Apr 05 2005
parent reply brad domain.invalid writes:
One other thing that I forgot to point out in my previous post.
Exceptions are ment to handle exceptional circumstances.  With the 
current thinking, a constructor failing for some reason is an 
exceptional circumstance - is this presumption really true?
I don't see the harm in allowing constructors to fail and return NULL, 
all that happens is that you get a null pointer reference and segfault 
(BTW, I would like null pointer references to be trapped and excepted, 
but hey, that's another thread)

In my own C++ and D code to handle this kind of case, I usually have an 
empty constructor, and a worker function that fails or doesn't, so my 
code looks like

Foo f = new Foo();
if (f.open("whatever"))
{
....
}
// c++ only
else
    delete f;

Brad
Apr 05 2005
parent "Regan Heath" <regan netwin.co.nz> writes:
On Wed, 06 Apr 2005 11:19:03 +1200, <brad domain.invalid> wrote:
 One other thing that I forgot to point out in my previous post.
 Exceptions are ment to handle exceptional circumstances.  With the  
 current thinking, a constructor failing for some reason is an  
 exceptional circumstance - is this presumption really true?

I think whether it's "exceptional" depends on any assumptions or expectations the programmer has in each situation where it is used. So the code that throws can't know unless told whether it's expected or unexpected thus exceptional or unexceptional. The problem being that it's hard to communicate assumptions/expectations via code. Using a previous example (and contentious subject), AA's: foo["a"] = 4; //assumes "a" is a key in 'foo', could throw if ("a" in foo) {} //a question, not an assumption, shouldn't throw it gets more difficult to decide here: val = foo["a"]; val = foo.get("a"); Is the programmer assuming it exists, or happy to get 'null' if it doesn't... If the next line uses val without checking for 'null' then you have your answer, as Brad said here:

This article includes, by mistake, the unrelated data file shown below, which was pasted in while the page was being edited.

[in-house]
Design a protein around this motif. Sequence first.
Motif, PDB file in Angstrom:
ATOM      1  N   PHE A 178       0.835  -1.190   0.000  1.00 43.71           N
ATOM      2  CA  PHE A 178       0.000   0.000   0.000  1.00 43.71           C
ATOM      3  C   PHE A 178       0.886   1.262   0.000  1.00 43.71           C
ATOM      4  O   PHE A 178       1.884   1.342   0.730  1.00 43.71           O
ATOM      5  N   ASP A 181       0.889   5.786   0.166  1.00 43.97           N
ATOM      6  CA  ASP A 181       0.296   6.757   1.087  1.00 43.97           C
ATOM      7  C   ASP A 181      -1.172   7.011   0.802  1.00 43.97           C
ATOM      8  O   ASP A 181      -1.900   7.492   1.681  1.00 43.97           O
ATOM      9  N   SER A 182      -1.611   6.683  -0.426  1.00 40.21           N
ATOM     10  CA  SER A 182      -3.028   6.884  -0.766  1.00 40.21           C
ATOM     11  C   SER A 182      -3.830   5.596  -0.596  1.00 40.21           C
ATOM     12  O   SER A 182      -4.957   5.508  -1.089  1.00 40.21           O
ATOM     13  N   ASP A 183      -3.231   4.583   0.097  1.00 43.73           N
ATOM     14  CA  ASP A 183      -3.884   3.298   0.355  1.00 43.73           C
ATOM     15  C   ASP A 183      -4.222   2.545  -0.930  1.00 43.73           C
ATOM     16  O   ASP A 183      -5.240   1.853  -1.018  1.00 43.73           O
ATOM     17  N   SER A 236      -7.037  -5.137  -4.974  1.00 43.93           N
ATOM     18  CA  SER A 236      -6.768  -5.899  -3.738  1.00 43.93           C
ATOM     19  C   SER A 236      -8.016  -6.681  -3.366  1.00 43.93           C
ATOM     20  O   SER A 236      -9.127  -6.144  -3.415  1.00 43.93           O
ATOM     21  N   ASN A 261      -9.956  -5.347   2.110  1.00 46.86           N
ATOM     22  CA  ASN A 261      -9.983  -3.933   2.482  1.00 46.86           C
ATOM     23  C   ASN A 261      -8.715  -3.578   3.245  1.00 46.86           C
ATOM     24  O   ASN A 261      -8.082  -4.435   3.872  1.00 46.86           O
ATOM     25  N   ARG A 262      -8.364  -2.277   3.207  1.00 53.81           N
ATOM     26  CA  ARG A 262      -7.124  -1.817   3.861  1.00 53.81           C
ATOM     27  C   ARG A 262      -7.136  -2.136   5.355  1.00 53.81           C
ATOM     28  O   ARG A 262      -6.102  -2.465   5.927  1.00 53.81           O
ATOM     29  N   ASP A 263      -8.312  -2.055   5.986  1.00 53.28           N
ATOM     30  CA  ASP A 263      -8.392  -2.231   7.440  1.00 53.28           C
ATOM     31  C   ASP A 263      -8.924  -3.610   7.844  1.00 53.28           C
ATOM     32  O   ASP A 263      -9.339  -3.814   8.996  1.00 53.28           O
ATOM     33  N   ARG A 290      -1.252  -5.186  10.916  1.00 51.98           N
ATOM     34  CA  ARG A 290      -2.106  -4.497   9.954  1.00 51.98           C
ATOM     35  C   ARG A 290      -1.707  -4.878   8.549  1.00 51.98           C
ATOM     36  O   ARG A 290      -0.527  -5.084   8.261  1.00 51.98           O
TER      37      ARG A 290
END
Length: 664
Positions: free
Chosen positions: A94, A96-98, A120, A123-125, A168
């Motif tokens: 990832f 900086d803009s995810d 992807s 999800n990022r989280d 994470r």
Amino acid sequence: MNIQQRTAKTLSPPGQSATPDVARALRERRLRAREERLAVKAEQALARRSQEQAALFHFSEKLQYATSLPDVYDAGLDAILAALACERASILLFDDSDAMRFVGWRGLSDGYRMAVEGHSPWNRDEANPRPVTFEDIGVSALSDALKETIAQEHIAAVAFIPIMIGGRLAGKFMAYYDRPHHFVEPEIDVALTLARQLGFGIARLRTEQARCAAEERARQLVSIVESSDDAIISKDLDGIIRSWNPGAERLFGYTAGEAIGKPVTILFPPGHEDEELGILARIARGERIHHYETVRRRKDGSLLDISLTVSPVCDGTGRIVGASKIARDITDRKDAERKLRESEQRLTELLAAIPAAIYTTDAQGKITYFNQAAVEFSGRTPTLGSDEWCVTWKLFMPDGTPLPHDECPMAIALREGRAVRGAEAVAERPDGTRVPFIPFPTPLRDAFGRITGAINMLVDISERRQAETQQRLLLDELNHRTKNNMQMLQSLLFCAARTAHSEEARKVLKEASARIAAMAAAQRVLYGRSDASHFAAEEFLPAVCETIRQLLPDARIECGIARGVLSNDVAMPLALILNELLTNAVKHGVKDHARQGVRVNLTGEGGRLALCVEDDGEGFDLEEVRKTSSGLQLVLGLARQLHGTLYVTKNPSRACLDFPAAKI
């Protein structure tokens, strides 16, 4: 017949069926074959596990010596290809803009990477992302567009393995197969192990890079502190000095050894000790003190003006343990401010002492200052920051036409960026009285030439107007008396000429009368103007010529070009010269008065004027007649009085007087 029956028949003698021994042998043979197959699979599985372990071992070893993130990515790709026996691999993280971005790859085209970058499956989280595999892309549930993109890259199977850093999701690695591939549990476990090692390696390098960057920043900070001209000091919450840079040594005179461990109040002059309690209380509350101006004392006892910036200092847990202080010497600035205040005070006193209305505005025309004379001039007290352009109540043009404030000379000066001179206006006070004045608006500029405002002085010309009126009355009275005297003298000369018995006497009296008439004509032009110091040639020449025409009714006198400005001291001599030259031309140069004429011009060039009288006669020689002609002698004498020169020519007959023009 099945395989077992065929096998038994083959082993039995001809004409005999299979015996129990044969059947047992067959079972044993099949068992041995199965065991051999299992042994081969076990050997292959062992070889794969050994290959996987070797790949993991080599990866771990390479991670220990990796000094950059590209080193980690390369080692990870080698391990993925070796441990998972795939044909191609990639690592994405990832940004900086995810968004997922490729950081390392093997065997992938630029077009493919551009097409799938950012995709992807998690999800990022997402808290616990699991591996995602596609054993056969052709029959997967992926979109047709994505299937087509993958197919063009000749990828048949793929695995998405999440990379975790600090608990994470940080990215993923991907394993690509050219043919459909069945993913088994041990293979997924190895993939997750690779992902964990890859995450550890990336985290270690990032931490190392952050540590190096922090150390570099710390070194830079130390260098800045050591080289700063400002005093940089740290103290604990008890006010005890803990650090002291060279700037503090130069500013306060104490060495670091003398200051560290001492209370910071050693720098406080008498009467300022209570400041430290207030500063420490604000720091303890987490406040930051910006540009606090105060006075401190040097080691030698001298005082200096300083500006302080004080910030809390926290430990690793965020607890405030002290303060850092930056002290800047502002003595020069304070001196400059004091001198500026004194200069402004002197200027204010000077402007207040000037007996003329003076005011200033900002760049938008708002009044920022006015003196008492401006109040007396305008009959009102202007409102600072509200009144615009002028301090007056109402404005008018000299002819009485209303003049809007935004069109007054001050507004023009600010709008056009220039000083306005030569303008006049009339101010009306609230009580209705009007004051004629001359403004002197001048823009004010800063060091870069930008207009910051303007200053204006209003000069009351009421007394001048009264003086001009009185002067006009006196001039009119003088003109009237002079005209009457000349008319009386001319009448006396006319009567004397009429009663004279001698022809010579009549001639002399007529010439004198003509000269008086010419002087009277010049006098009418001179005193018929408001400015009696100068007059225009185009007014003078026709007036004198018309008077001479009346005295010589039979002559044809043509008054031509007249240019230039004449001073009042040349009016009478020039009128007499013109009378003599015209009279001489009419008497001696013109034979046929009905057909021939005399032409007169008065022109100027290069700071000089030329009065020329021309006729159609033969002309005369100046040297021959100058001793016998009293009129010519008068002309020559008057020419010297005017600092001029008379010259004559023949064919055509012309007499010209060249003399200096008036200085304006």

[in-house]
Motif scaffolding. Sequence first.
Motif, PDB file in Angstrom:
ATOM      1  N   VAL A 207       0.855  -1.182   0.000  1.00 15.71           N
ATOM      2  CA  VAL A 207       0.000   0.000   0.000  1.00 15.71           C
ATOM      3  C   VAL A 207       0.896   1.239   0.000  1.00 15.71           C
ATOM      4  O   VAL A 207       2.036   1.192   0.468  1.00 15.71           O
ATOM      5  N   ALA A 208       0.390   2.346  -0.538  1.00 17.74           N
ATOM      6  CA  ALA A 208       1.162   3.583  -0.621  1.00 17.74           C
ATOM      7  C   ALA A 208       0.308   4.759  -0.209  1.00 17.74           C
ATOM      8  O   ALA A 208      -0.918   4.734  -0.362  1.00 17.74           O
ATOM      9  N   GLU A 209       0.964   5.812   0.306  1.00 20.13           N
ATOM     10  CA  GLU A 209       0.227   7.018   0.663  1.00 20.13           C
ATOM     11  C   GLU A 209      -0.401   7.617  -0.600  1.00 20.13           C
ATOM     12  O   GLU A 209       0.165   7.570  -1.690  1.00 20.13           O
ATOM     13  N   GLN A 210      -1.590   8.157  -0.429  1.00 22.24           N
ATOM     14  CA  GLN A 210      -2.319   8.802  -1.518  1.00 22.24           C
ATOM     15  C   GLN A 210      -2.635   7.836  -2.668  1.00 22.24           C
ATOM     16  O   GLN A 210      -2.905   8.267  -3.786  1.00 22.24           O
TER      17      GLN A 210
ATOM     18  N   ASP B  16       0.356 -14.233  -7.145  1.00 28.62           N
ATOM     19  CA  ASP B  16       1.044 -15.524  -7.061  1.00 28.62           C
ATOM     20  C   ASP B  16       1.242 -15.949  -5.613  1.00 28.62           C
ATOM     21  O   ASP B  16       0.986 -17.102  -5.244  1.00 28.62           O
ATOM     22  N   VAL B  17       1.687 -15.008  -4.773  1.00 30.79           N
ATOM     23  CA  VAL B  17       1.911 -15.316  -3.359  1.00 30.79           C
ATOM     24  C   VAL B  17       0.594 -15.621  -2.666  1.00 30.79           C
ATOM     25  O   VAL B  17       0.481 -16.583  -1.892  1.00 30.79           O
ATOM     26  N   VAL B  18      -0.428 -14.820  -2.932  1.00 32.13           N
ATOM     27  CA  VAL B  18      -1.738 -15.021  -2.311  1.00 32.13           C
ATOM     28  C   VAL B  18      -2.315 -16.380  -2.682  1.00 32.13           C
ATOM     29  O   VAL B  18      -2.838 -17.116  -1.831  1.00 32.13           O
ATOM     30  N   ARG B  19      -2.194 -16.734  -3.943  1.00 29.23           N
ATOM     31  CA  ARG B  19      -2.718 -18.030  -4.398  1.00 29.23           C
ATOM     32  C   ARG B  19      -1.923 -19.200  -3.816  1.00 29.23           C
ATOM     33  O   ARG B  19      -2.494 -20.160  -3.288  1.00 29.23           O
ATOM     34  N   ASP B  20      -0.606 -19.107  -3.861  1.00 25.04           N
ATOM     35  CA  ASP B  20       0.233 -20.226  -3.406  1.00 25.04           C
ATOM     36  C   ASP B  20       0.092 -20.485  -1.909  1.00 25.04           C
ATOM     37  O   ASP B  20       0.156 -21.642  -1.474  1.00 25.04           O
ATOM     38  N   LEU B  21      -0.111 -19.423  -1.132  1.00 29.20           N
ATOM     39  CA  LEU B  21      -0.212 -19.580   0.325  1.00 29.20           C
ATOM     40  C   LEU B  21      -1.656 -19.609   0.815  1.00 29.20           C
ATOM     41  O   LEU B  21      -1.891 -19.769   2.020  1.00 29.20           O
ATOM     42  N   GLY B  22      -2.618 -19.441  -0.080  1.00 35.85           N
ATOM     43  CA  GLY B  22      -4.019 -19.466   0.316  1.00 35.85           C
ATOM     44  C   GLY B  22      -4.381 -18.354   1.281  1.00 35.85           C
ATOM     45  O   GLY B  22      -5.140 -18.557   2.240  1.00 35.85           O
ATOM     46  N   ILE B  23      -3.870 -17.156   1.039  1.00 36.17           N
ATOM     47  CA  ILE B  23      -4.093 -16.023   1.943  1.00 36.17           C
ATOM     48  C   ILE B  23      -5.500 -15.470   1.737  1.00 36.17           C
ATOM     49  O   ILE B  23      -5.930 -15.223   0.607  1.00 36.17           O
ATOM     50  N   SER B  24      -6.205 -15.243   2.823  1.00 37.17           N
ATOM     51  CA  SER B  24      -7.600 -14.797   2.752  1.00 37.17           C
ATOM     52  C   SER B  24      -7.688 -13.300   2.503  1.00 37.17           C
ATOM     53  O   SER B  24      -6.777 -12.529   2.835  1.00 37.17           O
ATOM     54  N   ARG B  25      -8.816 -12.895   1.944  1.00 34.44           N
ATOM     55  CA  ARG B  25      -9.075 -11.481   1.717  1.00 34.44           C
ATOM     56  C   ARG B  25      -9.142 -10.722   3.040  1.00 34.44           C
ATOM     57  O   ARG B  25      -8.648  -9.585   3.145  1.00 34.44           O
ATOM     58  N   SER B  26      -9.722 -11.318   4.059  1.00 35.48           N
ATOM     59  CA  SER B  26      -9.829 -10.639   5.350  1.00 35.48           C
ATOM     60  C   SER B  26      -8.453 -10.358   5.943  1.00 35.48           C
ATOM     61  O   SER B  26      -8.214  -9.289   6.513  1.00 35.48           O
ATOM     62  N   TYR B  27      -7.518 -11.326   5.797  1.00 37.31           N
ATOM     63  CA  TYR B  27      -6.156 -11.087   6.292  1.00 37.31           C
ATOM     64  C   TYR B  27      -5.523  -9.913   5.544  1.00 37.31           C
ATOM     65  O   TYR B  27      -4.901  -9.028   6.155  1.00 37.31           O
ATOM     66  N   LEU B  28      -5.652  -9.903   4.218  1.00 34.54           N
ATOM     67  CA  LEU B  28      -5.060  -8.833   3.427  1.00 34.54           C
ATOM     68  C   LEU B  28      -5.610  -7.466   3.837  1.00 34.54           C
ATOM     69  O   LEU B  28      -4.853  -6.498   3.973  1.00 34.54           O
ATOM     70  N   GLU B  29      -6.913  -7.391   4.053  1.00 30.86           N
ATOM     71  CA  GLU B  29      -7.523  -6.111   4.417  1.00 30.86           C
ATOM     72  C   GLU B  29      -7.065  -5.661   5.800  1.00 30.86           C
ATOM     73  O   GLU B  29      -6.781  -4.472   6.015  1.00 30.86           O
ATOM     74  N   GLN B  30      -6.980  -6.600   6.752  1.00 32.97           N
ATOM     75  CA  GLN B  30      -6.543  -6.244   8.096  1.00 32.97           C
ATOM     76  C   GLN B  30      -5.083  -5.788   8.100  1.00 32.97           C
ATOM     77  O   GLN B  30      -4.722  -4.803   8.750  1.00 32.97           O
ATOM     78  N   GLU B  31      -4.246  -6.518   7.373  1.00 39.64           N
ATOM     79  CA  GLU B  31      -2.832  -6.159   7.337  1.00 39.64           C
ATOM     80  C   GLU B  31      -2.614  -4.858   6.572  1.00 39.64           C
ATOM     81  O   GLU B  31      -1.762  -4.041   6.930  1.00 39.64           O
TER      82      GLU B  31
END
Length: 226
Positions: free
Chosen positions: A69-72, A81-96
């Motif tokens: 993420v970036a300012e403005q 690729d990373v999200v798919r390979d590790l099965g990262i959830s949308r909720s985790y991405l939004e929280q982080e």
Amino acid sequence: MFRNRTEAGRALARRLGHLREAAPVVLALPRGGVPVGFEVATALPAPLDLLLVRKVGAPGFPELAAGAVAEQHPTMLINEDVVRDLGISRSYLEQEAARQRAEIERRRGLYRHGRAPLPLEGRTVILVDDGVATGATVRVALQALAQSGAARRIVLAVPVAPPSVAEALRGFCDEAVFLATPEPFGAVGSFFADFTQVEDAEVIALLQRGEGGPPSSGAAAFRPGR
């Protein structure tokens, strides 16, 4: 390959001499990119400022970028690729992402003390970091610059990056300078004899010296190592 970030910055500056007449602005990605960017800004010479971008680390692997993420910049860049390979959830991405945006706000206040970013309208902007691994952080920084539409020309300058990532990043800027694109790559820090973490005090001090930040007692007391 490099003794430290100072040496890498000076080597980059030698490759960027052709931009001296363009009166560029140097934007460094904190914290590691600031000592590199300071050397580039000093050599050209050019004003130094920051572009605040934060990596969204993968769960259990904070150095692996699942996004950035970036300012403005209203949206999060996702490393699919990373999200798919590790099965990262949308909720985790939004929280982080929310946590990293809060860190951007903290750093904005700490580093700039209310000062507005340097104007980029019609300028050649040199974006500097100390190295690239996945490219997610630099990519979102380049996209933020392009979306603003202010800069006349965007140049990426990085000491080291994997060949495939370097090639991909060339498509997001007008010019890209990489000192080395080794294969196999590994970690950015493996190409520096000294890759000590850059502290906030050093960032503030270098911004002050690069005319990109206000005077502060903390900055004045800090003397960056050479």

I don't see the harm in allowing constructors to fail and return NULL,  
 allthat happens is that you get a null pointer reference and segfault  
 (BTW,I would like null pointer references to be trapped and excepted,  
 but hey,that's another thread)

(I belive "constructors" in the above can be replaced with "methods" and it still applies) Regan (perverting Brad's words/meaning to my own ends).
Apr 05 2005
prev sibling next sibling parent reply "Regan Heath" <regan netwin.co.nz> writes:
On Mon, 4 Apr 2005 13:55:52 -0700, Andrew Fedoniouk  
<news terrainformatica.com> wrote:
 These two methods of MmFile are in conflict by their return values.

 void[] opSlice(size_t i1, size_t i2)
 ubyte opIndex(size_t i)

 (And yet I still didn't get an idea what void[] means
 - vector of nothings? )

My impression is that given that void[] is implicitly castable to any other array type, void[] means "vector of anythings". Regan
Apr 04 2005
parent reply "Andrew Fedoniouk" <news terrainformatica.com> writes:
 These two methods of MmFile are in conflict by their return values.

 void[] opSlice(size_t i1, size_t i2)
 ubyte opIndex(size_t i)

 (And yet I still didn't get an idea what void[] means
 - vector of nothings? )

My impression is that given that void[] is implicitly castable to any other array type, void[] means "vector of anythings".

void is not anything. It is just nothing. http://dictionary.reference.com/search?q=void See: static void[12] voids; What is voids.sizeof ?
Apr 04 2005
parent reply "Regan Heath" <regan netwin.co.nz> writes:
On Mon, 4 Apr 2005 22:39:24 -0700, Andrew Fedoniouk  
<news terrainformatica.com> wrote:
 These two methods of MmFile are in conflict by their return values.

 void[] opSlice(size_t i1, size_t i2)
 ubyte opIndex(size_t i)

 (And yet I still didn't get an idea what void[] means
 - vector of nothings? )

My impression is that given that void[] is implicitly castable to any other array type, void[] means "vector of anythings".

void is not anything. It is just nothing. http://dictionary.reference.com/search?q=void

Not in D, IMO. Plus, consider "void *" how can it be a "pointer to nothing", it's actually a "pointer to anything" even in C/C++. Perhaps "void" was a bad choice of word.
 See:
 static void[12] voids;